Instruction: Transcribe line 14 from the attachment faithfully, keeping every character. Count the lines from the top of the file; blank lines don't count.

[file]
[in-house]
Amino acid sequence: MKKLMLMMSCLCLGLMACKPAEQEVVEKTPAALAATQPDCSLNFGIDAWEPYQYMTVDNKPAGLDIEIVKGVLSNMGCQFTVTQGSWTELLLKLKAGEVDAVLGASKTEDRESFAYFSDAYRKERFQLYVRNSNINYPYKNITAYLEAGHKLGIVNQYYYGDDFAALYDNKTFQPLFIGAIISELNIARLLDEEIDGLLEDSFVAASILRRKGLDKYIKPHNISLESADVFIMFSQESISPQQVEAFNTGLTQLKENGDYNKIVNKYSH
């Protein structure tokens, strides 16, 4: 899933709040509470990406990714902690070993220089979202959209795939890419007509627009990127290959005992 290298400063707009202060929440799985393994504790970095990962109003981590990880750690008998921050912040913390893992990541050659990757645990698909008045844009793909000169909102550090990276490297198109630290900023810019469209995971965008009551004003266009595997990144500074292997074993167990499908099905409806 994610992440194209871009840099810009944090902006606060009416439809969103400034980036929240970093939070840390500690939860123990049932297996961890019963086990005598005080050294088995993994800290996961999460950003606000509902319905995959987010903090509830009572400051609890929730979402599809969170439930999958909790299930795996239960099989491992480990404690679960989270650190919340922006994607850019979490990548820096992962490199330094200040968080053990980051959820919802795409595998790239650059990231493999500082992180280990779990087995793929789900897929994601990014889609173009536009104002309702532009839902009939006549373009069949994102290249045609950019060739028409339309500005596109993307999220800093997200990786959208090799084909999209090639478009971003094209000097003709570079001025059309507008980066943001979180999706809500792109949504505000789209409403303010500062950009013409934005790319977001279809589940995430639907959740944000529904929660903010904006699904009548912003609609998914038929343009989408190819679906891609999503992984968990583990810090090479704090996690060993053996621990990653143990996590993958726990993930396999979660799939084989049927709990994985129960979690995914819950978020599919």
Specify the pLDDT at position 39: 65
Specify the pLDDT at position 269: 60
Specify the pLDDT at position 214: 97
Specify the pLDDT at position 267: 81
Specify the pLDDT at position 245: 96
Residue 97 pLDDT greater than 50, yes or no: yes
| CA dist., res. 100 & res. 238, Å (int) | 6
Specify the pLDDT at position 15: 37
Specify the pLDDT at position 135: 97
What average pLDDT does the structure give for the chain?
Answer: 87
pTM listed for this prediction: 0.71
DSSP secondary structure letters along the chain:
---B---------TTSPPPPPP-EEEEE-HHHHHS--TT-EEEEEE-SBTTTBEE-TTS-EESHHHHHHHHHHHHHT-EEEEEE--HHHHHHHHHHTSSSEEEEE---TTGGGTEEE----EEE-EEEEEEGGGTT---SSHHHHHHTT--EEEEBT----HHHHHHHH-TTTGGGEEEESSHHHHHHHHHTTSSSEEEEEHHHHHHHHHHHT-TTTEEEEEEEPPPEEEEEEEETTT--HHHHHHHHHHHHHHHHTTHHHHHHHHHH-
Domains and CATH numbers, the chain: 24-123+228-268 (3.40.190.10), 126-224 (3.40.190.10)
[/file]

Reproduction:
Answer: 87